Lastly, your overview dashboard will give you a quick view of your conversation stats. You can see a graph of conversations per day, along with a heat map of when new conversations were started. To see the full report, click here.

You can read more about the Drift dashboard here. 

Sales Results

For Drift users with Salesforce connected, you have the ability to dive deeper into data with multiple Salesforce reports. If you navigate to Reports > Sales Results you will find four reports: overview, pipeline, closed won, and sales cycle. 

Sales Results Overview

The first report we’ll cover is the overview report. To view this report use the left-hand navigation pane to find Reports > Sales Results > Overview.

The overview report was created to provide a consolidated view of all three of our standalone sales reports (pipeline, closed won, and sales cycle). 

This report and its underlying reports contain the following filters: date range, opportunity type, and sourced or influenced. Clicking on a card will take you to its corresponding report.

Learn more about how to use the Drift overview report in this Insider video.

You can also learn more about the overview report in this help document. 

Pipeline Revenue Report

The pipeline revenue report shows you the Drift influenced and sourced pipeline opportunities and corresponding revenue amount. To view this report, use the left-hand navigation pane to find Reports > Sales Results > Pipeline.

To export any of the data, simply click the “Export CSV” button below the graph. The exported CSV contains more data fields than what is shown in the pipeline report table. If you would like to understand what each field means, continue reading. Otherwise please skip ahead to learn about the closed won revenue report.

To read more about the pipeline revenue report, check out this help document.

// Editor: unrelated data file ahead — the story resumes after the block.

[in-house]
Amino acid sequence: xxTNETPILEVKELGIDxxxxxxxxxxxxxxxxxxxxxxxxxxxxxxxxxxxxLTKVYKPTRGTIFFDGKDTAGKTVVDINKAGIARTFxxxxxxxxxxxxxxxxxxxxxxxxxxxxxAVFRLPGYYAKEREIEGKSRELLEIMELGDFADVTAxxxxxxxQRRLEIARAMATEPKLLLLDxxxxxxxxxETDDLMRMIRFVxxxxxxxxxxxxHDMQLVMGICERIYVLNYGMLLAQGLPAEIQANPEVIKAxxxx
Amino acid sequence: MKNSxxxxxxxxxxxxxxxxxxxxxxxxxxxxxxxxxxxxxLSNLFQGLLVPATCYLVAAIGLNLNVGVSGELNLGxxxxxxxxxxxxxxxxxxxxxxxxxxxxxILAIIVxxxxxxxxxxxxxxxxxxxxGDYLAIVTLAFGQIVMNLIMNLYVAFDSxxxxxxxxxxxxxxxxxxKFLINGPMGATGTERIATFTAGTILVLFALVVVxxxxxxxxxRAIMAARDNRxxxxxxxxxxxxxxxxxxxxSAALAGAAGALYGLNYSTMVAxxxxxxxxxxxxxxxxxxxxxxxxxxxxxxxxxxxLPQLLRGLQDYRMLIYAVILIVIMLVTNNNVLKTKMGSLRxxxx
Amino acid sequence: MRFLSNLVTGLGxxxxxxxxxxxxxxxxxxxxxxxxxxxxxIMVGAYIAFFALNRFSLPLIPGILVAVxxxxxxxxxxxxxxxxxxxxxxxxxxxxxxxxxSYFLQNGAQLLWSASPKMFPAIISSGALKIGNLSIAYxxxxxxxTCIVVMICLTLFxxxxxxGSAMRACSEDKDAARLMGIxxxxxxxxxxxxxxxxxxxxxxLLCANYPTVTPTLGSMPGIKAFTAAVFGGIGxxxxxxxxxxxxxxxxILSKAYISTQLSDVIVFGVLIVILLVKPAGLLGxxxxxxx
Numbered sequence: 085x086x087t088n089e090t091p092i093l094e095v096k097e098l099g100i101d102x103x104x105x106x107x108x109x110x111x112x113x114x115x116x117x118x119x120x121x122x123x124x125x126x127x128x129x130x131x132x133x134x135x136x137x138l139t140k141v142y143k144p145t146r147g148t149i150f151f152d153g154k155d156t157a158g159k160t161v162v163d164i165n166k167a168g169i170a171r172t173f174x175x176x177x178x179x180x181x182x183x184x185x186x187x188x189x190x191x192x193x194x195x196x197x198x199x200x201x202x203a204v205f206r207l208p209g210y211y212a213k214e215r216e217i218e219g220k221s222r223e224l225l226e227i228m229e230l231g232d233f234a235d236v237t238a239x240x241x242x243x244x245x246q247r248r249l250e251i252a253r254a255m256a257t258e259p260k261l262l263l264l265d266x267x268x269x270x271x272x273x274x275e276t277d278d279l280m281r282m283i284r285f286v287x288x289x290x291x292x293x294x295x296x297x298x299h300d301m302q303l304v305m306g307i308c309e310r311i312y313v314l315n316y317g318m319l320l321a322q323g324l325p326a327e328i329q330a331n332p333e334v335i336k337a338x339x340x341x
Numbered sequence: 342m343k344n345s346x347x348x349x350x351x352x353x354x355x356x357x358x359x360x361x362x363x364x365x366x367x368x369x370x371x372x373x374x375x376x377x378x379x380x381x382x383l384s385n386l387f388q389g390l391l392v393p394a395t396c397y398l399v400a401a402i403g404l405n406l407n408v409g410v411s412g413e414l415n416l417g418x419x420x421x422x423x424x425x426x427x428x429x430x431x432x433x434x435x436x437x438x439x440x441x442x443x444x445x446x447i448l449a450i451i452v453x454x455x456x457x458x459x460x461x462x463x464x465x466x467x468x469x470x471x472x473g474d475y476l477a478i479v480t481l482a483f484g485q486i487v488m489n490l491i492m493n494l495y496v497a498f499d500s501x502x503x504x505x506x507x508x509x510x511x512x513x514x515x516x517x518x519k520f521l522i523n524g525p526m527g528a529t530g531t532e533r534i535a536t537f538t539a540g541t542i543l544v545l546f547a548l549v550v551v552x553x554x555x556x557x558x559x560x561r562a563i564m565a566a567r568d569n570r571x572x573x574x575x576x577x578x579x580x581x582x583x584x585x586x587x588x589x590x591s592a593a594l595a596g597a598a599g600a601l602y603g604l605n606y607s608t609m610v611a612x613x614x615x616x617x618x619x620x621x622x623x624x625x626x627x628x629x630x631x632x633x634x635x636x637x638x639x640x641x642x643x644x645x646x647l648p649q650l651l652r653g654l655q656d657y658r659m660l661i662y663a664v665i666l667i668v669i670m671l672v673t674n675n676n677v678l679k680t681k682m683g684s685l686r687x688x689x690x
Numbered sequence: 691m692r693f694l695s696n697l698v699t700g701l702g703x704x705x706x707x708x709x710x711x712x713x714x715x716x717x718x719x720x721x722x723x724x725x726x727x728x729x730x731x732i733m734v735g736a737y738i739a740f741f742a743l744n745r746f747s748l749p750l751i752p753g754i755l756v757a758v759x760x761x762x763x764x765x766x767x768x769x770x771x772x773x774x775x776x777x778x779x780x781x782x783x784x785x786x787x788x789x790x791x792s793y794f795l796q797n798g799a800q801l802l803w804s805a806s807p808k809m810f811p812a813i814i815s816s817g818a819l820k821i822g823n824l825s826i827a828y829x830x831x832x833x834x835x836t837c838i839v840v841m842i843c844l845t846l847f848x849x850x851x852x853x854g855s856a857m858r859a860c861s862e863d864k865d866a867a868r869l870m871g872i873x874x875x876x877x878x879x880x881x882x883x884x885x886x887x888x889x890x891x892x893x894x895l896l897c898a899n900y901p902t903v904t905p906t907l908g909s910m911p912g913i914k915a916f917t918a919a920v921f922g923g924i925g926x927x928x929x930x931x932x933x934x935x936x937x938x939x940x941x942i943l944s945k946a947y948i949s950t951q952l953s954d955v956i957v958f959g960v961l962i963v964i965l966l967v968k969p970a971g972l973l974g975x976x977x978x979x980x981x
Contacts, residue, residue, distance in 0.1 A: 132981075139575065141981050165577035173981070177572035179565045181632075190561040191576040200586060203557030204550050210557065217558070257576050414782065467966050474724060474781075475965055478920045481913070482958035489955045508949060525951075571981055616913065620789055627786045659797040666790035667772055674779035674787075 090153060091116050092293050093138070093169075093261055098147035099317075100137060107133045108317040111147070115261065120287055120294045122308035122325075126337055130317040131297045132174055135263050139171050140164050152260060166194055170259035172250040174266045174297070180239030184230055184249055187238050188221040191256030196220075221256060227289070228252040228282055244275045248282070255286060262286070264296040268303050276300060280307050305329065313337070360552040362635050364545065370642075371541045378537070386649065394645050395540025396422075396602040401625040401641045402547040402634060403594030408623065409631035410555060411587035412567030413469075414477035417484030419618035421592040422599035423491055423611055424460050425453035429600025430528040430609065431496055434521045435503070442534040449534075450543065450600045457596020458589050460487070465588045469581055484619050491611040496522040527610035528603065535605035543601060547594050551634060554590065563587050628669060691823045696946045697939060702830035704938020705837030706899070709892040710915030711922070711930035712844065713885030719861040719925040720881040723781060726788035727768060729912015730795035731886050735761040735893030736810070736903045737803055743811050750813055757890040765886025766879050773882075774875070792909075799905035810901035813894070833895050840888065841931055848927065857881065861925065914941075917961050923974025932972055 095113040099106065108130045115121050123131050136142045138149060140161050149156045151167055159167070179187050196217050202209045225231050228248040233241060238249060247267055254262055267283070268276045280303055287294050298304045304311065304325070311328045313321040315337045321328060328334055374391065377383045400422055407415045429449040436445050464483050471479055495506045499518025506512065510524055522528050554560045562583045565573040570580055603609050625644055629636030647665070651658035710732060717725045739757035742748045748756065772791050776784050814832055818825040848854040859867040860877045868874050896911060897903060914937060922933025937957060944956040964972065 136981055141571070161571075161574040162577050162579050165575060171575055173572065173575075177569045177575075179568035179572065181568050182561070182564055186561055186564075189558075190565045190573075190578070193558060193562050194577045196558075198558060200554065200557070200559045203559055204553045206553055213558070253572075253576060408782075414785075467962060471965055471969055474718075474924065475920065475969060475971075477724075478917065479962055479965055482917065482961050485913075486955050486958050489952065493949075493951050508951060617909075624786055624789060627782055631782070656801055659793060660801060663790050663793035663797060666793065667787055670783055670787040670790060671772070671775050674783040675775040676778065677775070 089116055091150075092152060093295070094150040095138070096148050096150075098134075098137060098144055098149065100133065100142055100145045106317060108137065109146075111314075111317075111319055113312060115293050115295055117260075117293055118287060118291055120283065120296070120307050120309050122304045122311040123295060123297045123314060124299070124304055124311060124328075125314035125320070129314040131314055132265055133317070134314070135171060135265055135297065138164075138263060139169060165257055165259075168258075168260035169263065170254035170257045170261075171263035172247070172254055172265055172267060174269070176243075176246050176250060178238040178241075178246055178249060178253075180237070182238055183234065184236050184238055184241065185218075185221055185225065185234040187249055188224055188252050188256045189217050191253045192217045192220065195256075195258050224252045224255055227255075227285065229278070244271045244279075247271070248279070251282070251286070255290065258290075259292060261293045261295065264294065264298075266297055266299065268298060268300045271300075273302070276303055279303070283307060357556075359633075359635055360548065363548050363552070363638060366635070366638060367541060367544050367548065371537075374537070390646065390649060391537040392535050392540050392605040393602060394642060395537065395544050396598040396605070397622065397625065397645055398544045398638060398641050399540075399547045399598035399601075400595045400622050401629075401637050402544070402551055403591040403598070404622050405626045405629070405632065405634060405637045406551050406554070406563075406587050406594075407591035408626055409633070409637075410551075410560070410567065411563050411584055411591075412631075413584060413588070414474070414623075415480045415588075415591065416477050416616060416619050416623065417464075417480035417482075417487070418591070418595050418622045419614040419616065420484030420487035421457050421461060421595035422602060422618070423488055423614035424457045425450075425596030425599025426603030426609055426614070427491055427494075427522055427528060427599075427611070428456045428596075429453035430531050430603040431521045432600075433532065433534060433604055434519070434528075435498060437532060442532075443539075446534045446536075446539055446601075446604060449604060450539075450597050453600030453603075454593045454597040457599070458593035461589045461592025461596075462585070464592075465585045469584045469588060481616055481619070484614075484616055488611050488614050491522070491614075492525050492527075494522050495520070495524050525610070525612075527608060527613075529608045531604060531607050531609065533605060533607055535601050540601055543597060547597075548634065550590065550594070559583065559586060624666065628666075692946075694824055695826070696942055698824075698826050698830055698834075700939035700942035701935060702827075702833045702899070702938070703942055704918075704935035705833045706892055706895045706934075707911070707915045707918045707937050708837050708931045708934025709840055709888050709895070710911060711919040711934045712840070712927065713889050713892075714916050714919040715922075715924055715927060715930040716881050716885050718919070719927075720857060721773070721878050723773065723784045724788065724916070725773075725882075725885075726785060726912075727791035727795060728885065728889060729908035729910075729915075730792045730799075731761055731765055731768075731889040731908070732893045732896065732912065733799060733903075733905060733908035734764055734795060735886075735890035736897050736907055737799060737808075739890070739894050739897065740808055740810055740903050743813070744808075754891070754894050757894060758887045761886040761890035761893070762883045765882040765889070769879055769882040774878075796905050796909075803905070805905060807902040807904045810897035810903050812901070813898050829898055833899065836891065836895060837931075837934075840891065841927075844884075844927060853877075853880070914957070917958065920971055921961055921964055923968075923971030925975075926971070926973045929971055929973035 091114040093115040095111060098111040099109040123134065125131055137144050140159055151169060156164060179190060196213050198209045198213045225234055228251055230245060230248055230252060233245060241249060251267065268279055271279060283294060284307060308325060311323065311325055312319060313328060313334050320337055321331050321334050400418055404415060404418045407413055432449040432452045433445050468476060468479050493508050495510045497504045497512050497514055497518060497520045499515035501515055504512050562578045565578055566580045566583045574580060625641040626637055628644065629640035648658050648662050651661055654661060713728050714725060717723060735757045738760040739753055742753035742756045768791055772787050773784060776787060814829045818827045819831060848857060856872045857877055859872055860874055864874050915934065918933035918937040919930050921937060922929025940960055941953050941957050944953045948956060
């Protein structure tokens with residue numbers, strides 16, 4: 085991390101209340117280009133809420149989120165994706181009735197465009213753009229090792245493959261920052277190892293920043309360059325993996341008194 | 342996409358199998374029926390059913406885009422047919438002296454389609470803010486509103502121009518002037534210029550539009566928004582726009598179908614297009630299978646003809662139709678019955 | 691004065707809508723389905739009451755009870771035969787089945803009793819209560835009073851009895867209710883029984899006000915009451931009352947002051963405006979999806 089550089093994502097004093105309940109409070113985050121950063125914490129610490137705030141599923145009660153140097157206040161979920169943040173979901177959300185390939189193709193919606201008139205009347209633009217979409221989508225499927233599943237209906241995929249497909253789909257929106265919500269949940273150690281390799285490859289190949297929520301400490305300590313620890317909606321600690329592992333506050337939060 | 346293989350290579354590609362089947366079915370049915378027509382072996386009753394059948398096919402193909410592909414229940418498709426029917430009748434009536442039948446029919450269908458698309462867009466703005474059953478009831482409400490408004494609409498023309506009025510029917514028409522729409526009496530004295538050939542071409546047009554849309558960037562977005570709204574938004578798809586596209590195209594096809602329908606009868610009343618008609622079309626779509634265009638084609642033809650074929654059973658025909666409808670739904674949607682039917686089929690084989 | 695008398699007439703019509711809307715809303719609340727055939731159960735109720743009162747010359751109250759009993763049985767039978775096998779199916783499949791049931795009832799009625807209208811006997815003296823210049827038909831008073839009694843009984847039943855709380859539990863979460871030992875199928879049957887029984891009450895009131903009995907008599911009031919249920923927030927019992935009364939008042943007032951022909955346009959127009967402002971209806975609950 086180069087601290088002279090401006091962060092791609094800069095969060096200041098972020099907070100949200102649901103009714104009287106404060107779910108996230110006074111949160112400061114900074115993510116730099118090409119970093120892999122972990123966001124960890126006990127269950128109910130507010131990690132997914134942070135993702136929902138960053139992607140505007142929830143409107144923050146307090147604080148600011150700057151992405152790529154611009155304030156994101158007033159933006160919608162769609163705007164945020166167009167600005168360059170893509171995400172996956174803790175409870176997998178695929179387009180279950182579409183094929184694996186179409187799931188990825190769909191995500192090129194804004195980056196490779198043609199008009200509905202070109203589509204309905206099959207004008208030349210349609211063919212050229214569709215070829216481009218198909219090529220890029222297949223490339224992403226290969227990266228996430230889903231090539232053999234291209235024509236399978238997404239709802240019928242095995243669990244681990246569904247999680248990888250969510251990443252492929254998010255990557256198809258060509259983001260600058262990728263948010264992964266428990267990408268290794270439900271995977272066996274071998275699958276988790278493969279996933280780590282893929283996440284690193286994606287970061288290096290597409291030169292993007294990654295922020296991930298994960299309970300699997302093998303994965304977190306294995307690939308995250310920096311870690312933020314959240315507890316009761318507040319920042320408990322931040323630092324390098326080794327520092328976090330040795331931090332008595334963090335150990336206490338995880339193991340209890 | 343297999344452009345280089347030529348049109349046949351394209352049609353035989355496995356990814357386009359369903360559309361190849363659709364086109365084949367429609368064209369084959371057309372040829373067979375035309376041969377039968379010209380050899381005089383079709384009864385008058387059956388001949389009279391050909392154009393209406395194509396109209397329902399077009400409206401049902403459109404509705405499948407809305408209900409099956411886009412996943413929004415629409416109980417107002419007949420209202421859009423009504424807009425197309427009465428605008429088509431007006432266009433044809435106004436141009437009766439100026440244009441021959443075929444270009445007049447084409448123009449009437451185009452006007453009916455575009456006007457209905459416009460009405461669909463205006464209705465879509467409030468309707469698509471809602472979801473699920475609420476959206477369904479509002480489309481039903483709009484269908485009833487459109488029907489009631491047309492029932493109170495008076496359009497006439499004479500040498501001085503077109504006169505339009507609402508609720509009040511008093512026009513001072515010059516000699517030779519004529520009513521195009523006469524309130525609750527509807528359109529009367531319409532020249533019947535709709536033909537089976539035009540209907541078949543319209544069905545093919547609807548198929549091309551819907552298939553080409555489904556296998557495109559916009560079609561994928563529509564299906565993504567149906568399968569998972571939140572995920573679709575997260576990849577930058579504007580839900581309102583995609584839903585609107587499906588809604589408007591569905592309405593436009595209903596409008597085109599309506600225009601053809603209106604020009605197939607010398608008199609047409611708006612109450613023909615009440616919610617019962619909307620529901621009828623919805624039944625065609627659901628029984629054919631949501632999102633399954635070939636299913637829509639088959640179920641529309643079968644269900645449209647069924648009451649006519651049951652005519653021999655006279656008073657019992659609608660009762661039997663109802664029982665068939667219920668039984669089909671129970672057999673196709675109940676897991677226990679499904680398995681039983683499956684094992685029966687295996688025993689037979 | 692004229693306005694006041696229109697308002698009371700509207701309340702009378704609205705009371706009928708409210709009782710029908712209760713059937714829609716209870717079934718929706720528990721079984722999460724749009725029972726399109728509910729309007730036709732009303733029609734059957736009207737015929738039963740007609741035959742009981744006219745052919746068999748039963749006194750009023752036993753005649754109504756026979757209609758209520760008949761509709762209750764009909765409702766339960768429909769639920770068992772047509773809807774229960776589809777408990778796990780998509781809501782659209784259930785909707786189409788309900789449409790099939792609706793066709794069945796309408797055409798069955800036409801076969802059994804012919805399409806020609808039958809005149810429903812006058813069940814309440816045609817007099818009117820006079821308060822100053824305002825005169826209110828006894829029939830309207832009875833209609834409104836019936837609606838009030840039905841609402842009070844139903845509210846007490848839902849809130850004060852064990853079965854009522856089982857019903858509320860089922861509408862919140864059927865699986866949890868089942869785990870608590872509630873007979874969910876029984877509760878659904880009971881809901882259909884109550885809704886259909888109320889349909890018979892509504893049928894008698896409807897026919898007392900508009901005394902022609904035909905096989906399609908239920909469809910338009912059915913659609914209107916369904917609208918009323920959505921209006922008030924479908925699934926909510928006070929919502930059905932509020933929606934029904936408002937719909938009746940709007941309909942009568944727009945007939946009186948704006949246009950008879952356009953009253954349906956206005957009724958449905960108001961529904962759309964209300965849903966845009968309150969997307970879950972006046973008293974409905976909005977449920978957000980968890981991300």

Closed Won Revenue Report

The closed won revenue report works exactly like the pipeline revenue report above. The difference is that this report only shows opportunities that are in the closed won stage in Salesforce.

To view this report use the navigation pane to find Reports > Sales Results > Closed won.

To read more about the closed won revenue report, check out this help document.

The Sales Cycle Report

The sales cycle report shows the average number of days between the date the opportunity was created and the closed won date. This will show you how fast you are closing opportunities over time. 

To view this report use the navigation pane to find Reports > Sales Results > Sales cycle.

To learn more about the sales cycle report, read this help document. 

If you are curious about how Drift calculated influenced and sourced by Drift, check out this help document.

Chat Playbooks Report

The playbooks report gives you key insights into how your playbooks are performing. Understanding this performance is crucial to increasing the number of conversations you’re having with site visitors, leads you capture, and meetings you book. 

The playbooks report contains two main reports, chat and site coverage. To navigate to the playbooks reports, go to Reports > Playbooks. 

You can learn more about the playbooks report page in this Drift Insider video. 

Drift Insider Note

Check out this class on analyzing and optimizing bot performance in the Playbook Basics Certification.

Get certified now

Chat Playbooks Overview

To navigate to the chat playbooks reports, go to Reports > Playbooks > Chat. Here, you will find five available metrics. We’ll review those now. 

Impressions

Impressions are the number of times a playbook was shown to a site visitor. Each time the content of a playbook is shown to a site visitor, it counts as a single impression. 

The screenshot above is an example of a single chat playbook impression.

Sends

Sends are the number of visitor sessions where a playbook was shown. Sessions begin when a user first visits a page with the Drift widget and ends when the user has not visited a page for 30 minutes or at midnight UTC.

Conversations 

Conversations show the number of conversations that were started as a result of the playbook. 

When a site visitor engages with a chat playbook, they start a conversation. They can engage by clicking a button or sending a message in response to a bot playbook, providing their email via an announcement playbook, or by initiating a conversation from a welcome message playbook.

Here, you will also see the engagement rate. The engagement rate is the rate at which that playbook is starting conversations. It’s calculated by the number of conversations divided by the number of sends.

Emails Captured 

Emails captured shows the number of emails captured within a conversation started by a playbook.

A site visitor can provide their email in a conversation with the bot through the email capture skill or by simply typing it into chat. When Drift recognizes that an email has been sent as part of a conversation, it will be represented as a single email capture by the playbook that initiated the conversation.